Mohammed bin Nasser al-Ghamdi, a 54-year-old retired teacher, was given the death penalty by a Saudi court due to his activities on social media sites like Twitter and YouTube. The conservative country had received criticism from Al-Ghamdi for its abuses of human rights.
This case is only one example of the Specialized Criminal Court’s history of unjust trials that resulted in death sentences. The court was ostensibly created to handle terrorist matters but is now increasingly utilized to prosecute activists.
The Gulf Centre for Human Rights claims that Al-Ghamdi only had nine followers on his social media pages. The sentencing, according to his brother Saeed bin Nasser al-Ghamdi, a dissident who has been living in exile since 2018, is reprisal against him specifically.
Using information from his tweets, retweets, and YouTube activities, the Saudi counterterrorism court jailed al-Ghamdi in July. In front of his wife and kids, according to Human Rights Watch, he was detained in June 2022. Possibly facing beheading if the sentence is not mitigated.
With 94 executions reported so far this year, Saudi Arabia killed 147 individuals in 2022. In the nation’s largest mass execution in years on March 12, 2022, 81 men were put to death.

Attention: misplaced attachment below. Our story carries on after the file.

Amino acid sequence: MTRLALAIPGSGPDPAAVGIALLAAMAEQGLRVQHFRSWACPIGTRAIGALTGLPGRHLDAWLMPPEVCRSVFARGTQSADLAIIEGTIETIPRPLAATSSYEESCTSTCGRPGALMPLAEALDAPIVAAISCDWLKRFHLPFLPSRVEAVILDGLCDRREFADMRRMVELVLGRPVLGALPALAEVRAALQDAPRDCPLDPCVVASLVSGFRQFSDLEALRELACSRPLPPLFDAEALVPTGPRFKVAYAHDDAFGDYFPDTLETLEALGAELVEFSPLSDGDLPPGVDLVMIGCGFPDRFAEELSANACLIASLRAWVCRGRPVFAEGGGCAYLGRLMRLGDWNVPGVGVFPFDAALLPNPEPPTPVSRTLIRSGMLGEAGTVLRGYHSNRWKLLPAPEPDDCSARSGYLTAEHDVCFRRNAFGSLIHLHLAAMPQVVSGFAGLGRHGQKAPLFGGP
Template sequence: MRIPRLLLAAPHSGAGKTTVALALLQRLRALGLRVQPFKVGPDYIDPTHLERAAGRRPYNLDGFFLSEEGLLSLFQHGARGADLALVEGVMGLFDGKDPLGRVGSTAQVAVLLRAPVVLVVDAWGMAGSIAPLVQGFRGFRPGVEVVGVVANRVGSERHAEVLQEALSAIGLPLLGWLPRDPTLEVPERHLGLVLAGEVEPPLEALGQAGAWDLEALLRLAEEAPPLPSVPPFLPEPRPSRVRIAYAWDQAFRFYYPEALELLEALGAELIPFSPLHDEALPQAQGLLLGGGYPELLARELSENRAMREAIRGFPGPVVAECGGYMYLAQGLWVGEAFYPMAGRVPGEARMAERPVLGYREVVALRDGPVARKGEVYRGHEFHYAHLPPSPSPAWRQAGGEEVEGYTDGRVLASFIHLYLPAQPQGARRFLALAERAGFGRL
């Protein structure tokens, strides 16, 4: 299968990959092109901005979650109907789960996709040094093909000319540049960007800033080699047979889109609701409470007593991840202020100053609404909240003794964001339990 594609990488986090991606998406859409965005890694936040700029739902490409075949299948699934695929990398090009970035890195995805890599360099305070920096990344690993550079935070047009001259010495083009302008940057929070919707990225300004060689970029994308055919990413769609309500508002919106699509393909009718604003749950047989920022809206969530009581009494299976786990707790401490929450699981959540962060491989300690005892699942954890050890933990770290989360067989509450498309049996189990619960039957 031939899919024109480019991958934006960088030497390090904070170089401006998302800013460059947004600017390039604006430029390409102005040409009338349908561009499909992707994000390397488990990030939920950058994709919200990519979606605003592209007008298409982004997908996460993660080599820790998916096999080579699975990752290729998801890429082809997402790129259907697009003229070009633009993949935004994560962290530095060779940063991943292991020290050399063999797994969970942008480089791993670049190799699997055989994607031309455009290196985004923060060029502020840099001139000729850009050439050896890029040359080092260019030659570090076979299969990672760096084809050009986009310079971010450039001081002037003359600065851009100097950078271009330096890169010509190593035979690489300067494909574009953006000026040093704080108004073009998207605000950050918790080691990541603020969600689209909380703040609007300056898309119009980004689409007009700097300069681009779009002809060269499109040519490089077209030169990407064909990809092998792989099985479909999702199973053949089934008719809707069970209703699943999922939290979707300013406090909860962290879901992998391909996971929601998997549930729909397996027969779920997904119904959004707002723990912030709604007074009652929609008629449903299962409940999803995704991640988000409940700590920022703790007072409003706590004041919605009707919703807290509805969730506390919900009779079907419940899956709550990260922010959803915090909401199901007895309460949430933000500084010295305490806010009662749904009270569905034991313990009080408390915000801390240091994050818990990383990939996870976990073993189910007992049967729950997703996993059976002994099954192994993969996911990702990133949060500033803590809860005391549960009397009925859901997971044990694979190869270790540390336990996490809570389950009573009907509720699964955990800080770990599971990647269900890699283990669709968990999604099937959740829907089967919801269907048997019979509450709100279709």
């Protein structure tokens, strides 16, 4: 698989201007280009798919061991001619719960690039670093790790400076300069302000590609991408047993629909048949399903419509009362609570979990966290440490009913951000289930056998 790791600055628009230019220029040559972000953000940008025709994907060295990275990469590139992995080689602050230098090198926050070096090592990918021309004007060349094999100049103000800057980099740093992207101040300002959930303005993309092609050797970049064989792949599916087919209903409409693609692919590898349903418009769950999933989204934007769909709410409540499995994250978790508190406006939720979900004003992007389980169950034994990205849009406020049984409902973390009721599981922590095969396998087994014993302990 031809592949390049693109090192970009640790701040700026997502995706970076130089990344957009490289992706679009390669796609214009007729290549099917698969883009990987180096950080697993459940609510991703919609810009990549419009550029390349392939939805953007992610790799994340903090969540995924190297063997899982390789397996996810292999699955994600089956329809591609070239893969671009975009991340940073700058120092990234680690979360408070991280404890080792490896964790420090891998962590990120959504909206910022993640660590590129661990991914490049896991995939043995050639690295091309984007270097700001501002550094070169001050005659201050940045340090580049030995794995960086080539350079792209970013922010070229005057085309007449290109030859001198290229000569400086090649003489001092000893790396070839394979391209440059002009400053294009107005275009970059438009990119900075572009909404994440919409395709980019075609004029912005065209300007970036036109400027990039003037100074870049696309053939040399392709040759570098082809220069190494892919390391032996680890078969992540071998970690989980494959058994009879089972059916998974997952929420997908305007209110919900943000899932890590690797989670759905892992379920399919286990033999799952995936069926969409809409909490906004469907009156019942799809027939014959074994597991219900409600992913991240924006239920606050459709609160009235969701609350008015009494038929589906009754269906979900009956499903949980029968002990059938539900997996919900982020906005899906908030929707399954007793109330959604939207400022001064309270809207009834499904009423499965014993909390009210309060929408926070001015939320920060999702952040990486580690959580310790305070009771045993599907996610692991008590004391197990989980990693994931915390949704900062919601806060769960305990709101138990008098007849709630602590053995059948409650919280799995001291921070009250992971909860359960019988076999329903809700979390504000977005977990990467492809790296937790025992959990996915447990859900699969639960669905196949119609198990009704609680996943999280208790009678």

Critics Challenge Saudi Vision 2030 Amid Social Media Controversy
Crown Prince Mohammed bin Salman, who is well-known for his bold Vision 2030 reform program, wants to make Saudi Arabia a major international business and travel destination similar to the United Arab Emirates. Critics contend that bin Salman, particularly on social media, stifles opposition and suppresses criticism.
International outrage was expressed over the death of Saudi dissident writer Jamal Khashoggi in 2018, which the US Central Intelligence Agency claims was ordered by bin Salman. Bin Salman disputes the accusations in spite of the evidence.
Saudi Arabia has been under fire in recent years for giving people, especially women, lengthy prison terms for posting negative things about the government on social media.
Concerns have been expressed over Saudi Arabia’s tight links to social media site X, whose owner Elon Musk has asserted to be a “absolutist of free speech.” Prince Alwaleed bin Talal is the cousin of Crown Prince bin Salman and owns shares in X through his Kingdom Holding Company, which is the second-largest shareholder with a $1.89 billion market value. Due to worries about the possible Saudi influence on Twitter’s operations and access to user data, two US senators demanded investigation of the sale of the social media site in 2022.